Watching a Hillary Clinton “victory speech” is like watching puppies raping kitties.

Let me rephrase that, Hillary’s audience looks like the crowd that got turned away at the Jerry Springer taping.

“blah blah blah day one, blah blah blah gas prices, blah blah blah give me money”

I love watching the idiots behind Hillary… they are funny to look at.

I really want to understand how anyone can look at Hillary Clinton & think to themselves: “You know? I think she should be president!” WTF?!

Not only did I notice a hatred for Clinton, but also for her followers, as if they were stupid. They are described like the unwelcome family members from the deep South that you hide from your children. I even read a blogger calling Clinton the candidate of “old saggy women,” and this was written by a woman! Great, let’s add a little ageism to the mix!

Why do people who always complain about lack of equality in life, always turn around and act just as pig-headed? Maybe someone working hard to care of their family doesn’t have the time to go to seminars about global warming or Darfur, but it doesn’t mean that we both can’t be part of the Democratic party. That’s what politics is all about. If the Democrats really want to win, they need to get the working class under their wing. Without them, first Clinton will win, and then McCain will be President.

Too many people think supporting a candidate is akin to following some cool band. I don’t think it is a good idea for Obama supporters to be dismissive of the lower middle class, calling them ” gun-toting trailer trash.” This is not an effective way to win voters over to your side. Supporting a candidate isn’t feeling good about yourself. It is about winning elections.

If I were some hard-working blue-collar guy working in Pennsylvania, there would be no way I would vote for Obama after reading some of the things Obama supporters write about ME on Twitter. It’s like when Simon Cowell trashes some singer on American Idol, and the bulk of Americans vote the opposite way just to sting him. Why are we mocking those necessary to win an election? At some point, hipsters have to listen to at least one Randy Travis song if they want to win the election.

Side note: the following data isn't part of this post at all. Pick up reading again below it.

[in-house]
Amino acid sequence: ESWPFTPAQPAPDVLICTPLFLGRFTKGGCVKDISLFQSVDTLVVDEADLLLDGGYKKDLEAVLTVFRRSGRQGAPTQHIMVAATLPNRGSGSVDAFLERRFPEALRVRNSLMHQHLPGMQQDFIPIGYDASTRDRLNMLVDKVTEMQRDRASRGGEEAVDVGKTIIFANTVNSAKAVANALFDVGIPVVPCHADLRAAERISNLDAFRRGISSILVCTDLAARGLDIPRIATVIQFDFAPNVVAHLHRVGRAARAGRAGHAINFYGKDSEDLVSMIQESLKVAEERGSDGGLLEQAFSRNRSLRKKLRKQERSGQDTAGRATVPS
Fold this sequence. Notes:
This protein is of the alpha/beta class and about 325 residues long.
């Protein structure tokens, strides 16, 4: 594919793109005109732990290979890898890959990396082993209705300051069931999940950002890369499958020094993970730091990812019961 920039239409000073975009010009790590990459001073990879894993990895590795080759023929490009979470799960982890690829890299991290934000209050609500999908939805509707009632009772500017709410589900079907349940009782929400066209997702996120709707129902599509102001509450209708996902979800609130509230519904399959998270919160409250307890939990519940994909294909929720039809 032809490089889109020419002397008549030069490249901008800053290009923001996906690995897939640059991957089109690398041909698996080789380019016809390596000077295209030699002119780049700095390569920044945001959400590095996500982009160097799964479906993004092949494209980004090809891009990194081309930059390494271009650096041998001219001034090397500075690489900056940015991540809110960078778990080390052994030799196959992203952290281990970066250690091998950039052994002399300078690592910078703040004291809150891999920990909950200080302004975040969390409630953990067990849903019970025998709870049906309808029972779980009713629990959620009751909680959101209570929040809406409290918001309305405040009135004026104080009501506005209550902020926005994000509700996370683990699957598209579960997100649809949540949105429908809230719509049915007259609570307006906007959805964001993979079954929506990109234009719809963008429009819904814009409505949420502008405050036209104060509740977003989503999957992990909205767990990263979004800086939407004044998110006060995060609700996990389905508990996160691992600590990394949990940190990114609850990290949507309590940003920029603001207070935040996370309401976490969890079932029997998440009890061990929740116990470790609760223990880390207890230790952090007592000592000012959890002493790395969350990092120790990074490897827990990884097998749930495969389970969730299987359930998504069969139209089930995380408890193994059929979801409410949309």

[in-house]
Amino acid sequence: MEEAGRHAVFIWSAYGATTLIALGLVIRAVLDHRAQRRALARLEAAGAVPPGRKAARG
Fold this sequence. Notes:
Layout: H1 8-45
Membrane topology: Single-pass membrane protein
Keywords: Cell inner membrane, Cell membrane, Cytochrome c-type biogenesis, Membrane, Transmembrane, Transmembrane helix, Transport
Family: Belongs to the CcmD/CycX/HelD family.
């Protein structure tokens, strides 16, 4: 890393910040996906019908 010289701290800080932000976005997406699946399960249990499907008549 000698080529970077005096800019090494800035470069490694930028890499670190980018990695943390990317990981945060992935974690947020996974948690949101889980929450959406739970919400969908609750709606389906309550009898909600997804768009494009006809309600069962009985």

Clinton or Obama?

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In all my years of following politics, I don’t recall a Democratic race being so close and and so embittered as the current race between Hillary Clinton and Barack Obama.  Like in a Hollywood movie, these are two allies torn apart by the intensity of the political process.   Democrats usually rally behind a candidate by March.  Events are different this year.  Tensions are high as friends and families draw the lines in the sand — Clinton or Obama.  The Democratic Party has been splintered.  Liberals, progressives, men, women — these “categories” are now useless, as each demographic divides itself into smaller and smaller sub-groups.  Blacks, whites, Jews, union members — no one votes as a single bloc anymore.  Candidates and pollsters alike are scrambling to decipher what Democrats want and who to appeal to in this important election.

As of today, here is what the Democratic landscape looks like, according to the most recent polling:

Women over 50 who lived through the feminist movement:  Clinton

Women under 40 who know more about their vibrators than the feminist movement:  Obama

Voters who want change:  Obama

Voters who want change, but not as much as the other voters:  Clinton

Women who make over 100k — Clinton

Women who make over 100K but are divorced from a randy husband who was getting oral sex from his “intern” — Obama

Blacks who think Obama is too “white”  — Obama

Blacks who think Obama is too “black” — Obama

Blacks who owe favors to the Clintons — Clinton

Guilty Liberal Jews who say they love “rap music” just to look cool — Obama

Religious Jews who think Obama will nickname the White House the “First Mosque” — Clinton

Small Town Americans who have never met a black person, but feel comfortable with them  — Obama

Small Town Americans who have never met a black person, but still don’t like them — Clinton

Small Town Americans who have never met a black person, but still don’t like them, but have heard Clinton speaking on the TV — Obama

Misogynists — Obama

Racists — Clinton

Misogynists and Racists —  McCain

Misogynists and Racists who hate McCain – Clinton, because at least she doesn’t seem like a typical dame

Academics in Universities — Obama

Academics in Universities with Tenure — Ralph Nader (what do they care?!  They have a job!)

Asian male models who look gay, but aren’t — Obama

Women who buy Anne Taylor suits at the outlet mall — Clinton

Men who show their private parts on MySpace — Clinton

Men who go online and ask for photos of women in bras — Obama

Crest users — Obama

Colgate users — Clinton

Those who make love to Neil Diamond — Obama

Those who make love to Nine Inch Nails — Clinton

Those who know that Hillary Clinton and Hilary Duff spell their first name differently — Obama

Those who say, “Who’s Hillary Duff?” — Clinton

It is clear that this race is going down to the wire!